It's 10 a.m. on a hot Saturday morning and Sarah and her daughter Amanda have just finished their morning run. On Saturdays they typically run for a mile and a half after a brief workout. But this morning's heat seems absolutely determined to ruin their plans.

They're both drained and exhausted, and would rather pass out than paint the town. The exhaustion would be enough, but they're also noticeably frustrated. It seems Amanda and Sarah are the latest victims of HHH – hazy, hot, and humid days! So, it begs the question – is there anything this mother and daughter team could have done to prevent the exhaustion and frustration?

The answer is yes. Running early in the morning, around sunrise, on hot days is always a better and smarter option. Slowing down during the run on hot days is also a good choice.

Heat does several things to the body. It requires our glands to work extra hard to keep the body at a cool temperature, and can become dehydrated fairly quickly. Heat also tires out the body, making it doubly difficult to push through an exercise or running regimen that requires constant motivation.

Another important thing is staying extra hydrated. Drinking eight to 12 ounces of water 30 minutes before exercising and then another six to 10 ounces every 30 minutes during exercise can prevent dehydration. Water is always the best choice. Sports drinks can sometimes add unnecessary sodium, and should really just be considered if your electrolyte loss is extensive.

Wearing loose clothing, like t-shirts and shorts, is a must. This type of clothing allows the body to cool itself. Bringing an extra t-shirt and shorts is smart in case you need to change clothing. It's also not a bad idea to monitor your heart rate when exercising in warm weather. For every degree the body's internal temperature rises, the heart beats 10 beats per minute faster. Exercise and hot temperatures can add stress on the heart. When monitoring your heart rate, stay within the parameters prescribed by a certified personal trainer or exercise physiologist.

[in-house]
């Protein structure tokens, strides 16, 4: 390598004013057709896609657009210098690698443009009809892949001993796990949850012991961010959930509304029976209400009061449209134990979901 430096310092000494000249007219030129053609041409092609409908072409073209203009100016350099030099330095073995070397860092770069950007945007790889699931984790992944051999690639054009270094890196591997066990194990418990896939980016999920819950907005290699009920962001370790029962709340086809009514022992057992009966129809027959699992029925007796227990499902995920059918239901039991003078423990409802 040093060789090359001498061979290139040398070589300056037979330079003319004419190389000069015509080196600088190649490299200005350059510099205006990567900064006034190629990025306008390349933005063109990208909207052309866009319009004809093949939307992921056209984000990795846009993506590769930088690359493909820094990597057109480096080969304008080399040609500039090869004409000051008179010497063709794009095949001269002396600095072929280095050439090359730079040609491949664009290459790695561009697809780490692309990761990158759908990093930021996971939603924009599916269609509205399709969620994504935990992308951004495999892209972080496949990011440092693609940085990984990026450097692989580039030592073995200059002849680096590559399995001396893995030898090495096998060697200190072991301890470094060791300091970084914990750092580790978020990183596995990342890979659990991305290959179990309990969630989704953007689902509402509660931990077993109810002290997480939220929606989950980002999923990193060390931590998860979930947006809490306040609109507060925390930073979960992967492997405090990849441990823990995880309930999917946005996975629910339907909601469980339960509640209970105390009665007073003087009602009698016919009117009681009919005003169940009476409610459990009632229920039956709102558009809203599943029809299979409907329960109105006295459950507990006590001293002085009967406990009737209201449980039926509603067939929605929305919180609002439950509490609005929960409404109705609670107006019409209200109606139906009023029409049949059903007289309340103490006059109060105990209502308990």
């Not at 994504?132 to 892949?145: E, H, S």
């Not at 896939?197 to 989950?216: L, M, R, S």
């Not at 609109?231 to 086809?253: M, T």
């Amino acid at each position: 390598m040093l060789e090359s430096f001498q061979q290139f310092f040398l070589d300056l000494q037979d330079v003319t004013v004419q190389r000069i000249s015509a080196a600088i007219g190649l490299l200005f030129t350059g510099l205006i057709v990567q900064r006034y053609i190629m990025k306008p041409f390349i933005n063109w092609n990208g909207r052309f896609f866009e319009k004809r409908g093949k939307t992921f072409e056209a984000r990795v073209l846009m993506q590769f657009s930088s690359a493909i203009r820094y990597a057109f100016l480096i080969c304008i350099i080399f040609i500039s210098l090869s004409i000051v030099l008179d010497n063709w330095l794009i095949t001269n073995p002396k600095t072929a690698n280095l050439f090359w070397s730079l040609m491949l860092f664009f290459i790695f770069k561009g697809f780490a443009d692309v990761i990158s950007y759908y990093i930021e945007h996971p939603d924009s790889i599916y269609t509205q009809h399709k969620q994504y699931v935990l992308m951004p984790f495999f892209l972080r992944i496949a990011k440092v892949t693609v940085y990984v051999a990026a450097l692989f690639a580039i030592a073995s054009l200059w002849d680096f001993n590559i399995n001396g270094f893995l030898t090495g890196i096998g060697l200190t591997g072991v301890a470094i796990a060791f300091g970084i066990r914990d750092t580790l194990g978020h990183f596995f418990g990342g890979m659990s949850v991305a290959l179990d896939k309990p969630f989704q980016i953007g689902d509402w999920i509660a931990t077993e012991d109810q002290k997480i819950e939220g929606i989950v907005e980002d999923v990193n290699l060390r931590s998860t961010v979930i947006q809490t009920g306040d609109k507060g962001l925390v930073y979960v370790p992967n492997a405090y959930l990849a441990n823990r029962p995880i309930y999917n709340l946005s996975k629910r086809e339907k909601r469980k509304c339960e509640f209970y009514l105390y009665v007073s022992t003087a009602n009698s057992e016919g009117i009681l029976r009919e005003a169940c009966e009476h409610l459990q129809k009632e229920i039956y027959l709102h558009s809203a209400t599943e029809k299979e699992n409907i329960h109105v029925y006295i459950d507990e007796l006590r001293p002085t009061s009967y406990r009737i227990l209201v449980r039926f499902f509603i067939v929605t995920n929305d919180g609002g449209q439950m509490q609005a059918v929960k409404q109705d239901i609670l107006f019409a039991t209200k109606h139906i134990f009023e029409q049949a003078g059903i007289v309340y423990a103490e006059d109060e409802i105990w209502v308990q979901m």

Sometimes the hardest thing about exercise and hot weather is staying motivated. Mark Twain once said that everybody talks about the weather, but nobody does anything about it. Knowing that the heat index will rise automatically gives us a reason to not exercise. During the summer months, a typical thing I hear is "I was planning to work out today, but I heard it was going to be hot so I changed my mind." I get this reasoning even from folks who limit their exercise to an air-conditioned gym or health club. Let's face it, once we have a routine, we really don't like to deviate from it. Exercising in warm temperatures challenges us to work around the weather and plan ahead. We don't have to embrace uncomfortable weather, but we also don't have to let it rule or ruin our workout plans either.

Michael Shaw is a certified fitness trainer, sports performance nutrition specialist, owner of Shaw Fitness, a member of the Maryland Advisory Council on Physical Fitness, and a fitness model manager. He can be reached at